I read Death in Kenya in the Fall of 2016, after a day’s research at the National Archives of Kenya in Nairobi where the files I was reading portrayed another kind of terror, unleashed upon the Kenyan population by the colonial state. As documented extensively by scholars like Caroline Elkins and David Anderson and leading up to a High Court case for reparations, the Kenyan Emergency saw the suspension of civil liberties, tens of thousands of deaths, the imprisonment of around 400,000 Kikuyu into concentration camps and “enclosed villages, torture, beating, mutilation, castration and sexual assault. Ostensibly to curb the Mau Mau insurgency, a guerilla movement prompted by the expropriation of land by White settlers, the retaliation attacked not just the Mau Mau gureilla fighters but a large majority of the civilian population. By 1957, in a secret memoranda, the Attorney General advised the Governor that the situation was prompting “comparisons with Nazi Germany” and argued for a legal regulation of torture, famously saying “those who administerviolence … should remain collected, balanced and dispassionate".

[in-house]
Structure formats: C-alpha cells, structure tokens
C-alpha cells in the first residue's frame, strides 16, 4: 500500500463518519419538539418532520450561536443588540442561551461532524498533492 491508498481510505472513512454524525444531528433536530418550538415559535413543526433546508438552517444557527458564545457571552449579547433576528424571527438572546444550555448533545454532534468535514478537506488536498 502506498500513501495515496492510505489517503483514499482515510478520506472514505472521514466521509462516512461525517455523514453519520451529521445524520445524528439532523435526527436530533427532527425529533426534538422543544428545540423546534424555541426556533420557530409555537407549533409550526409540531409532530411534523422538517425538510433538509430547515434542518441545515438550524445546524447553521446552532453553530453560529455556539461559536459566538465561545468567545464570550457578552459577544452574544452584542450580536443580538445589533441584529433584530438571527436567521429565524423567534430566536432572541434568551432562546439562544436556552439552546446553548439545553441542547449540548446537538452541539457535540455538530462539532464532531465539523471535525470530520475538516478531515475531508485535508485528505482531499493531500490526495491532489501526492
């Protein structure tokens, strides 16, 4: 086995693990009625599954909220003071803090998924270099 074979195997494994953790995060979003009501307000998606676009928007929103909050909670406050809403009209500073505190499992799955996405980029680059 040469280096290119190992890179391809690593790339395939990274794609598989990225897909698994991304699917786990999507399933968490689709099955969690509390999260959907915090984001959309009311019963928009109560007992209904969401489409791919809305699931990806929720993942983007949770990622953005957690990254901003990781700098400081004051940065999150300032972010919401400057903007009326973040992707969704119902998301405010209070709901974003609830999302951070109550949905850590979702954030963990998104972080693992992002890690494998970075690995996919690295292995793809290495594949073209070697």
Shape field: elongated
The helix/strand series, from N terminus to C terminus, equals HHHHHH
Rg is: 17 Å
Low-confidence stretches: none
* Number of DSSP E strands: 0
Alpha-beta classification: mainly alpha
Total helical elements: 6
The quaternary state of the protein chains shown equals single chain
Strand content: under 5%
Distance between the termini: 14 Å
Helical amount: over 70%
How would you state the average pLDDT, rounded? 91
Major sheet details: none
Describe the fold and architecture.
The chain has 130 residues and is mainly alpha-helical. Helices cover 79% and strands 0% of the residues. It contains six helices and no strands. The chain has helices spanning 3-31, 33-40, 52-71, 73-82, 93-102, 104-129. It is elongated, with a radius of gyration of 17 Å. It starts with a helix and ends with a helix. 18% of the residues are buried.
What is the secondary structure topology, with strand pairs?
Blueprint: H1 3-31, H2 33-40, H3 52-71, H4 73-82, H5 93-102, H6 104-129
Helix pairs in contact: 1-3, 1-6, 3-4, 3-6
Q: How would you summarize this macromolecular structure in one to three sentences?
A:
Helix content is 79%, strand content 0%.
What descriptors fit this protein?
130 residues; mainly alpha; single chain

How does one read light fiction set amid such unspeakable violence? At first, Kaye’s sympathies with the settlers seem clear, as she says in the Authors note, much of opinions voiced by her characters were taken from life, and very few of the Kenya born settlers would believe the “winds of change” would blow strongly enough to blow them out of the country they looked upon as their own. This comes through brutally when Drew Stratton, the swarthy sunburned settler, who walked like a cowboy displays a tally of “Mau Mau” kills on the verandah to the queasy Victoria Caryll, newly arrived from England. Stratton and his friends are reported to have gone underground, with blackface, to infiltrate the Mau Mau groups. Describing the horrors of the Mau Mau, and the losses suffered by loyalist Africans and Europeans, Stratton roughly rejects Victoria’s plaintive statement that “it is their country” making the case for settler colonialism in the crudest possible terms, “I want to stay here, and if that is immoral and indefensible colonialism, then every American whose pioneer forebears went in the covered wagon to open up the West is tarred with the same brush; and when the UNO orders them out, we may consider moving”.